When I looked for the right laptop for myself in 2018, I searched far and wide. I know a little bit about tech, so I thought it would be an easy process. I needed something that was portable and could fit inside my small Tumi backpack. I needed something with at least 15 inches in screen real estate with a bright touch screen. And I needed a laptop that could handle audio editing and would be great with the audio interface that I planned on buying (so it had to have Thunderbolt 3). Aside from that, I wanted a laptop that just looked Great. I found all of that and more when I purchased the $2000.00 Dell XPS 15 2 in 1.
It was the perfect machine. I did the research on it. Dave2D (https://www.youtube.com/watch?v=TvXBl063ixk) said it was a “Kick Ass” machine. The Best Buy salesman raved about it. I was impressed that it could handle video renders in 4K and had a 4K screen. This seemed more impressive to me than other options. For me, it was worth spending more money on this machine than any computer I had ever owned. I pondered the decision for months. Should I spend this much on a computer? The answer was “Yes”. It’s for work. Spend the money. On September 1, 2018 I walked into Best Buy and purchased the XPS 9575. That was when the Nightmare on Dell Street began.
Excited I went home, unboxed it and starting using it. But it wasn’t long, minutes, before I noticed that the computer sounded like a jet taking off. It was loud and the fans kept going off. I thought it would stop, but it didn’t. Immediately I also noticed that the trackpad had issues. I did the recommended updates out of the box in hopes that this would resolve the issues. It didn’t. The next day I called Dell support.
Dell support helped me with further updates that kept the machine from making noise but the trackpad issue continued. It wasn’t constant but it was noticeable. I decided fairly early to return it to Best Buy within the 14 day return window and get a replacement unit.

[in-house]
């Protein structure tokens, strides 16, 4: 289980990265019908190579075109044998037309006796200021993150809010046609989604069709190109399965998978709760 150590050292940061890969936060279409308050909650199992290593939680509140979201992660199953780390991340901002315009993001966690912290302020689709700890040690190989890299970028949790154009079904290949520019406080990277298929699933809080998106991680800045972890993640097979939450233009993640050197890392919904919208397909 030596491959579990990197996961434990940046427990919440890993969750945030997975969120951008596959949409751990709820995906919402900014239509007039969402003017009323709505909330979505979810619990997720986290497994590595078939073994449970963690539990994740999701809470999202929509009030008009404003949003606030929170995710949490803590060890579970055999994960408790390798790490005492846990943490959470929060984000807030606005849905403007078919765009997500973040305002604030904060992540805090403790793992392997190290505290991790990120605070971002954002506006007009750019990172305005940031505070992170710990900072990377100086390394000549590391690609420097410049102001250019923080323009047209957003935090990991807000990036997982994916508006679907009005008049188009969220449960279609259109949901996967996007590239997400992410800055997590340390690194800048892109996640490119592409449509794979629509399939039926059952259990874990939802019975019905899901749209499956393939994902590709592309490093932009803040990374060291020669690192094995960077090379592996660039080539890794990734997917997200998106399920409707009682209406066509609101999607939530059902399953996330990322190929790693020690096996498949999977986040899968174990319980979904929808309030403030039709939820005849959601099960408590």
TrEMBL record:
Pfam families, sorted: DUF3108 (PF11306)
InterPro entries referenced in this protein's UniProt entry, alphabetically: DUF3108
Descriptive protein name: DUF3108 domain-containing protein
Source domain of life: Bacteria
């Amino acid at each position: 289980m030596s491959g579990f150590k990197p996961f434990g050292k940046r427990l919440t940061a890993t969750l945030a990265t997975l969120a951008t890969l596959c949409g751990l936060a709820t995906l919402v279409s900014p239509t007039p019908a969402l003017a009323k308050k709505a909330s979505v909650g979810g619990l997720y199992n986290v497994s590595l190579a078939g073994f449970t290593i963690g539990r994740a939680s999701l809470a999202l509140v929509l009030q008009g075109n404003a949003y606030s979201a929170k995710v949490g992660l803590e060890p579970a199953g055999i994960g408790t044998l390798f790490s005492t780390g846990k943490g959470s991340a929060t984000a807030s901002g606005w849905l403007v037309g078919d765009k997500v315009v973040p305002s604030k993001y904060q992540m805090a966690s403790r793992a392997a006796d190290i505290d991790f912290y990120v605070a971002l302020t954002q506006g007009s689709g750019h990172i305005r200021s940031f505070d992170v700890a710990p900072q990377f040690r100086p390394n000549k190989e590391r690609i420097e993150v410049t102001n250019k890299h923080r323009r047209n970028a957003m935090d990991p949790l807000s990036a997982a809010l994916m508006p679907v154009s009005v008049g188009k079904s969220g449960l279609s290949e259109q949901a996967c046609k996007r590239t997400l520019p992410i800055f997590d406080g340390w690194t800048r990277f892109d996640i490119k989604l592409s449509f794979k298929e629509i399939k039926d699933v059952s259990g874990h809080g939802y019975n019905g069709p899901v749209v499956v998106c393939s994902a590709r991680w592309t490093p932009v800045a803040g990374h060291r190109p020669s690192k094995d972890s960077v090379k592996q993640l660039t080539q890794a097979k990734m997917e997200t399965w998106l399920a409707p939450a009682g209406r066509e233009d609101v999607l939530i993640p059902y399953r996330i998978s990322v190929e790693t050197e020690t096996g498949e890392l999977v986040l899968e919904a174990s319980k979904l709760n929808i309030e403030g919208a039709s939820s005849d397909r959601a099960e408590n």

Excited as I was the first time, I unboxed the machine, set it up the way that I like and started using it. It required me to do some out of the box updates which I decided not to do. All was well. I had the machine for 12 days when I took it on a business trip to Seattle and onward to New York. On the plane, the machine began to give problems again with the trackpad. It was the same left side of the computer freezing that the other unit suffered from. I was frustrated and now had a dilemma. I needed to return this machine, but the box and the receipt for it was back in Atlanta. I was stuck with it. From here, I had no choice but to work with Dell to resolve this trackpad issue.
Upon returning to Atlanta I contacted Dell’s Customer Support once again. I told them the issue and they work with me by remotely controlling my machine and troubleshooting it. The agent was confident that after more than an hour, he had resolved the problem. Moments after getting off the call, it was clear that the problem was indeed not solved. After posting on Facebook about the issues, a friend who repairs computers advised me to never buy a (H)Dell.
But I was stuck with this computer and it’s problems with the lid closing, which I mentioned in the video and it’s trackpad problem and I was left to the mercy of Dell trying to fix the issue remotely. After speaking with the Dell representative who advised me to send the computer to them to fix, I instead took it to Micro Center, a Dell Authorized repair place.